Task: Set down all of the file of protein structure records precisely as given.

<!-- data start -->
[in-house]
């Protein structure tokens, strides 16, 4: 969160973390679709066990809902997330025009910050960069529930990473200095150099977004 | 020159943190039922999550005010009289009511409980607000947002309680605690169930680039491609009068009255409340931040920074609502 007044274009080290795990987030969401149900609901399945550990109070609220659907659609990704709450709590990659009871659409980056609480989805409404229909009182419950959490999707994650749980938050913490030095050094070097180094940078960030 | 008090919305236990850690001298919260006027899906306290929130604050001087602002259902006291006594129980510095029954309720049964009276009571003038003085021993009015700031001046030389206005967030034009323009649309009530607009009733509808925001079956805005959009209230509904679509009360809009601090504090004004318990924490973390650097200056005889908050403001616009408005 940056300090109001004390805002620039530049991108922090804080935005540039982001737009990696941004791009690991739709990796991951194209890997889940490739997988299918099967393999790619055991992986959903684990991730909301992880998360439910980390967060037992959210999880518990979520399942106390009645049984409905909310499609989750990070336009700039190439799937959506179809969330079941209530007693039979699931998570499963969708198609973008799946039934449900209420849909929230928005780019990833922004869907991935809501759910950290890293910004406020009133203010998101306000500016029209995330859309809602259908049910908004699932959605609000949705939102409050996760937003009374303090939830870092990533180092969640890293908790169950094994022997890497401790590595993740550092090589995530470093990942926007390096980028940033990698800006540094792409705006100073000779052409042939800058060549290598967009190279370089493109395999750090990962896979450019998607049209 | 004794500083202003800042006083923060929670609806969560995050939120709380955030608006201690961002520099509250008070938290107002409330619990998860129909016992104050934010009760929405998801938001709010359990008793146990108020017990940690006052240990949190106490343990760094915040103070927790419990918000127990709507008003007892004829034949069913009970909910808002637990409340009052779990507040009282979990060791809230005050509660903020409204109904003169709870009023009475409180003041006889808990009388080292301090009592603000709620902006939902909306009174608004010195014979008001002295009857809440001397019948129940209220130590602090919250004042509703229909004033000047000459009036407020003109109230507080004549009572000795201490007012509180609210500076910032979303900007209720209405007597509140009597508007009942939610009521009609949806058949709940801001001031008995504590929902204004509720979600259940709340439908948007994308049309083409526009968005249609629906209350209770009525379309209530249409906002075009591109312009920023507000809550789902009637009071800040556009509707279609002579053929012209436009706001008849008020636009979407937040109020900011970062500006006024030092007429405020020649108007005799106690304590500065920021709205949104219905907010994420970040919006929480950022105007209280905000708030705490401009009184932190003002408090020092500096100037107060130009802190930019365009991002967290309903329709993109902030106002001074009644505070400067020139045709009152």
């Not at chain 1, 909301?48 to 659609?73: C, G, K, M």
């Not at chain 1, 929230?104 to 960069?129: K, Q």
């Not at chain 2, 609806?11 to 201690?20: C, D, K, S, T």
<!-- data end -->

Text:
[in-house]
């Protein structure tokens, strides 16, 4: 969160973390679709066990809902997330025009910050960069529930990473200095150099977004 | 020159943190039922999550005010009289009511409980607000947002309680605690169930680039491609009068009255409340931040920074609502 007044274009080290795990987030969401149900609901399945550990109070609220659907659609990704709450709590990659009871659409980056609480989805409404229909009182419950959490999707994650749980938050913490030095050094070097180094940078960030 | 008090919305236990850690001298919260006027899906306290929130604050001087602002259902006291006594129980510095029954309720049964009276009571003038003085021993009015700031001046030389206005967030034009323009649309009530607009009733509808925001079956805005959009209230509904679509009360809009601090504090004004318990924490973390650097200056005889908050403001616009408005 940056300090109001004390805002620039530049991108922090804080935005540039982001737009990696941004791009690991739709990796991951194209890997889940490739997988299918099967393999790619055991992986959903684990991730909301992880998360439910980390967060037992959210999880518990979520399942106390009645049984409905909310499609989750990070336009700039190439799937959506179809969330079941209530007693039979699931998570499963969708198609973008799946039934449900209420849909929230928005780019990833922004869907991935809501759910950290890293910004406020009133203010998101306000500016029209995330859309809602259908049910908004699932959605609000949705939102409050996760937003009374303090939830870092990533180092969640890293908790169950094994022997890497401790590595993740550092090589995530470093990942926007390096980028940033990698800006540094792409705006100073000779052409042939800058060549290598967009190279370089493109395999750090990962896979450019998607049209 | 004794500083202003800042006083923060929670609806969560995050939120709380955030608006201690961002520099509250008070938290107002409330619990998860129909016992104050934010009760929405998801938001709010359990008793146990108020017990940690006052240990949190106490343990760094915040103070927790419990918000127990709507008003007892004829034949069913009970909910808002637990409340009052779990507040009282979990060791809230005050509660903020409204109904003169709870009023009475409180003041006889808990009388080292301090009592603000709620902006939902909306009174608004010195014979008001002295009857809440001397019948129940209220130590602090919250004042509703229909004033000047000459009036407020003109109230507080004549009572000795201490007012509180609210500076910032979303900007209720209405007597509140009597508007009942939610009521009609949806058949709940801001001031008995504590929902204004509720979600259940709340439908948007994308049309083409526009968005249609629906209350209770009525379309209530249409906002075009591109312009920023507000809550789902009637009071800040556009509707279609002579053929012209436009706001008849008020636009979407937040109020900011970062500006006024030092007429405020020649108007005799106690304590500065920021709205949104219905907010994420970040919006929480950022105007209280905000708030705490401009009184932190003002408090020092500096100037107060130009802190930019365009991002967290309903329709993109902030106002001074009644505070400067020139045709009152």
């Not at chain 1, 909301?48 to 659609?73: C, G, K, M």
């Not at chain 1, 929230?104 to 960069?129: K, Q």
């Not at chain 2, 609806?11 to 201690?20: C, D, K, S, T």